Authorities seized 18 tons of chemical precursors from India in Lazaro Cardenas, a port city in the western Mexican state of Michoacan, that were to be used to produce synthetic drugs, officials said.

Customs agents, Attorney General's Office investigators and marines staged a joint operation to seize a container shipped from the port of Jawaharlal Nehru, near Mumbai, India, to Lazaro Cardenas, a port on Mexico's Pacific coast, the Navy Secretariat and the AG's office said in a joint statement.

The container arrived in Mexico aboard the Japan, a Hong Kong-registered ship, and held 17.9 kilos of ethyl phenylacetate, a chemical used to manufacture synthetic drugs.

The AG's office took possession of the container and its cargo, which will be held as evidence in the investigation.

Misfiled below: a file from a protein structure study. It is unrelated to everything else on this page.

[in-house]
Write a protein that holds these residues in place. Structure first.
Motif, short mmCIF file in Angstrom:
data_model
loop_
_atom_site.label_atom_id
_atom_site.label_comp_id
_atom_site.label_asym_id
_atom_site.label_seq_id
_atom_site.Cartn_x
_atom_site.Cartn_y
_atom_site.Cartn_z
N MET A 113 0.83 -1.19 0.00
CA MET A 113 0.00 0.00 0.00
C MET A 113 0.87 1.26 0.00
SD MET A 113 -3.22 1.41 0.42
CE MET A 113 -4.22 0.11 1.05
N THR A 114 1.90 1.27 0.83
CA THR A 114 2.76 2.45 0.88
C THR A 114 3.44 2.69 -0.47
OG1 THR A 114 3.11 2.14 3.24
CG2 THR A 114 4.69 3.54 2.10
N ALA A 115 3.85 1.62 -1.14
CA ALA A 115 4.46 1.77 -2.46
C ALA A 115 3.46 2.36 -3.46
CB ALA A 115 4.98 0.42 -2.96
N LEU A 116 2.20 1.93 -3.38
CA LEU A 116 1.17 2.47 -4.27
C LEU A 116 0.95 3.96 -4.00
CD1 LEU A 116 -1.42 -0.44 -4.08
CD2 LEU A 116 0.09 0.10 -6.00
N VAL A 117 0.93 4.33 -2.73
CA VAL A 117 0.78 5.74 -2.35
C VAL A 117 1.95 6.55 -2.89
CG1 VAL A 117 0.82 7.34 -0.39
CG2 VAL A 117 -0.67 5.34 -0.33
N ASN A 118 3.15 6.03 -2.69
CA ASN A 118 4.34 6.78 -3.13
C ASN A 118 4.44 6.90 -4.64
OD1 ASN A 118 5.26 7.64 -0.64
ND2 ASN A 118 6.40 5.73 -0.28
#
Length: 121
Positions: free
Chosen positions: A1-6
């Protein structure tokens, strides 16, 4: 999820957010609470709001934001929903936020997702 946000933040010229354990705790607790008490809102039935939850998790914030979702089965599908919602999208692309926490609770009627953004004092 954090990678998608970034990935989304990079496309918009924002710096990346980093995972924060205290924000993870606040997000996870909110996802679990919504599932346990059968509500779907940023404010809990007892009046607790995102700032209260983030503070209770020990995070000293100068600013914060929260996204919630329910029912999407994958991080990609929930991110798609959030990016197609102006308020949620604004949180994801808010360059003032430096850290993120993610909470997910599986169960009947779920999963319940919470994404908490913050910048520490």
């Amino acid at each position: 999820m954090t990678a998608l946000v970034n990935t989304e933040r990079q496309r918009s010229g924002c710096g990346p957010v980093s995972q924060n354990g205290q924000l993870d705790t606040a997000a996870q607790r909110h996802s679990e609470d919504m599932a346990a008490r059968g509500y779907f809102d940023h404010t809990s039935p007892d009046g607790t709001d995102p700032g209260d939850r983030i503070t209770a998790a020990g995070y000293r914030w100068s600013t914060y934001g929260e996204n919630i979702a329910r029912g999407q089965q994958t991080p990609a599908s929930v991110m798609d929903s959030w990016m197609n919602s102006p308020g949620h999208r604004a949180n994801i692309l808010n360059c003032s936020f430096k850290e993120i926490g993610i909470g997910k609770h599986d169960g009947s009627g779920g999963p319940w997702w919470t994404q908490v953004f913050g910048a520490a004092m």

Authorities seized a similar quantity of the same substance last Wednesday that had arrived in Lazaro Cardenas from India aboard a Liberian-flagged vessel and was bound for Guatemala.

Mexican security forces have made some large seizures of drug precursors recently.

Army troops found more than 839 tons of drug precursors last month at a warehouse in the central city of Queretaro, the largest such seizure in Mexico's history.

The chemicals, used to make synthetic drugs such as crystal meth, were discovered on July 18 at a warehouse in the city's industrial zone, but no arrests were made.

The previous record was 200 tons of precursors seized last year in the Pacific port of Manzanillo.

Mexico, which produces most of the crystal meth consumed in the United States, has imposed tight restrictions on the import of chemicals used to make synthetic drugs.

Demand for cocaine has dropped in the United States, while use of synthetic drugs has risen because of the longer effect they produce and the fact that such drugs are considered more socially acceptable since they are taken in tablet form and not snorted, Mexican analysts and officials say.